Month: September 2006

Into the Contact Sheet

An assignment yesterday took me to the Utah State Capitol to photograph Gov. Jon M. Huntsman Jr. signing a new tax bill into law. Never mind what the bill does tax-wise. That’s certainly not important. Not here in the blog, anyway. What is important is that you are about to see some photos that are never seen. The fun ones. These are the shots that normally end up in a drawer and are certainly not published.

Everything starts out good. I love working with reflections, and the table in the conference room makes for a very cool shot of the Gov. Quick side note: I was flying on his plane one time, headed to cover some massive floods in St. George. He pointed to my Spinal Tap baseball cap and listed the best comedies (in his opinion) of the past three decades. 1980’s: This is Spinal Tap. 1990’s: Dumb and Dumber. 2000’s: Napoleon Dynamite.

Okay, now I’ve got a good shot of the Gov in the can. He’s still talking so I get an overall. I’m shooting a ton of these photographs lately. With the equipment I’m using now, these composite panoramas give me a lot of detail and when I print them up on large roll paper they are very cool to pore over. They also give more historical context than a lot of what we do on a daily basis. Look at the photographs of the early West and you’ll see a lot of this wide stuff that gets all the detail. I’ve got hundreds of these now from all over.

After the Gov speaks, it’s a parade of politicians getting up to thank so and so and praise the bill. One of the TV reporters is actually signaling his cameraman as each one gets up, saying, “Don’t roll on this guy.” Sometimes in the middle of one of their speeches he’ll tell the guy to turn the camera on, but it’s usually for a quick sound bite. If only they knew, but of course they do. No disrespect to these guys, but their talks just weren’t doing it for me either. Certainly not visually. This is where the photographer gets bored and you start to goof around, like the photo above, of Sen. Curtis Bramble.

After Bramble sits down, I try to zoom in on his ID badge. At this point I don’t know his name. It’s a simple face-saving measure; I’m trying to get his name without having to ask. I can’t come back to the paper without knowing his name, and there is nothing worse than having to go up to some of the most powerful men in the state to ask them what their name is. I’m supposed to know this stuff. But really, who does? People might recognize the Gov, but no one on the street would recognize any of these other guys. Sorry, but it’s true. After my failure to photograph his nametag clearly, I start thinking about how I’ll ask his name. I figure I’ll start with, “Pardon my ignorance, sir, but could I ask your name?”

After six men talk, a woman gets her say. It’s Rep. Rebecca Lockhart. The prankster in me just can’t resist taking the photograph.

The last speaker gets up, Senator Sheldon Killpack. I turn to the reflective surface of the table again for inspiration, though I know it is unlikely this photograph will ever be published.

Finally they go to sign the bill and a bunch of politicians crowd around the Gov. Senate President John Valentine cracks a joke (he’s at left for those of you who can’t recognize these guys).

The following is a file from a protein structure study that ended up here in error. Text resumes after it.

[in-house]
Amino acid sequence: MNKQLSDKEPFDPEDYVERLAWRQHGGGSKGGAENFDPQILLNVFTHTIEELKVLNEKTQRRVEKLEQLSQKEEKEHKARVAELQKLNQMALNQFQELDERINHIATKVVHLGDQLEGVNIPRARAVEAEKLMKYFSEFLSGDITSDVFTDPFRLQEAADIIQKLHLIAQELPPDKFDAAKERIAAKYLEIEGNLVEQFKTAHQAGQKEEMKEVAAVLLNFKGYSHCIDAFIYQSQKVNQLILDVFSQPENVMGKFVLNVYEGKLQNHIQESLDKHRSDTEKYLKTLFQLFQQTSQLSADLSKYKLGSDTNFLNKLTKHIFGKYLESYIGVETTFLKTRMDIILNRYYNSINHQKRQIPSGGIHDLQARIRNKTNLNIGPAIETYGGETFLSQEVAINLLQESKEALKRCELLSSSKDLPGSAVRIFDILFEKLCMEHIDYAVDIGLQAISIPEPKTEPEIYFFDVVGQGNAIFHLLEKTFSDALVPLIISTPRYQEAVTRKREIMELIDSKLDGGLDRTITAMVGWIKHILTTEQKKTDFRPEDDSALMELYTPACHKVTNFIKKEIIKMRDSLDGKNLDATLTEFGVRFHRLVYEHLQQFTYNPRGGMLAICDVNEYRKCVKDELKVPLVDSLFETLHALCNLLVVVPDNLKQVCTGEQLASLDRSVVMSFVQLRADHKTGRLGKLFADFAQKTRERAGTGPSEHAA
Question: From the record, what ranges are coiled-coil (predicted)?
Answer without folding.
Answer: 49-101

The Gov signs. I try a tight shot cropping out the other people.

Then I shoot a little looser as they applaud the bill. One politician jumps into the photo and before I can ask his name he’s gone. A reporter back at the paper identifies him for me; it’s Fred Fife. I’ve met Fife and taken his photograph before, but for the life of me I didn’t remember his name. Guess I’m not covering politics enough.

Out of the 178 photographs I shot at this 20-minute event, this is the photograph that runs in the paper.

This post appeared on my work blog, at the Tribune’s website.

Muslim Festival

Was sent over to the Salt Lake American Muslim Cultural Festival at the City & County Building in Salt Lake City a couple weekends ago. It was a great event. Lots of culture. From the standpoint of a photographer sent to illustrate a Muslim Festival, it was a little tricky. There was one woman dressed in a black hijab that covered every part of her body except a strip across her face where her eyes shown through. But I didn’t photograph her. It would have been a beautiful, graphic photograph, but I found myself trying to avoid stereotypical shots that didn’t quite illustrate what was going on at the festival.

What was going on was a variety of performers from various ethnic groups, muslim and non. One that made for a surreal juxtaposition was a group of denim-wearing western fiddlers who clearly fell in the non-muslim category. It was one of those only in Utah moments that I love to stumble upon.

The other thing I was drawn to was the selection of food booths. I photographed Zenab Mawaz and her mother Hamida Mawaz serving halal chicken at their Thai-Chinese themed booth. Mawaz is working toward opening an eatery, Halal Restaurant, in West Valley City in December.

As I was getting ready to leave, a group of Ahiska Turk dancers appeared in native costume. They were immediately surrounded by at least four snapping photographers. The group made their way to a tent where they waited for their turn to perform. Since I had another assignment that I was already late getting to, I stuck with the Turks, and came away with this photograph of Sariya Khalilova waiting to go onstage.

This post also appeard on my work blog, on the Tribune’s website.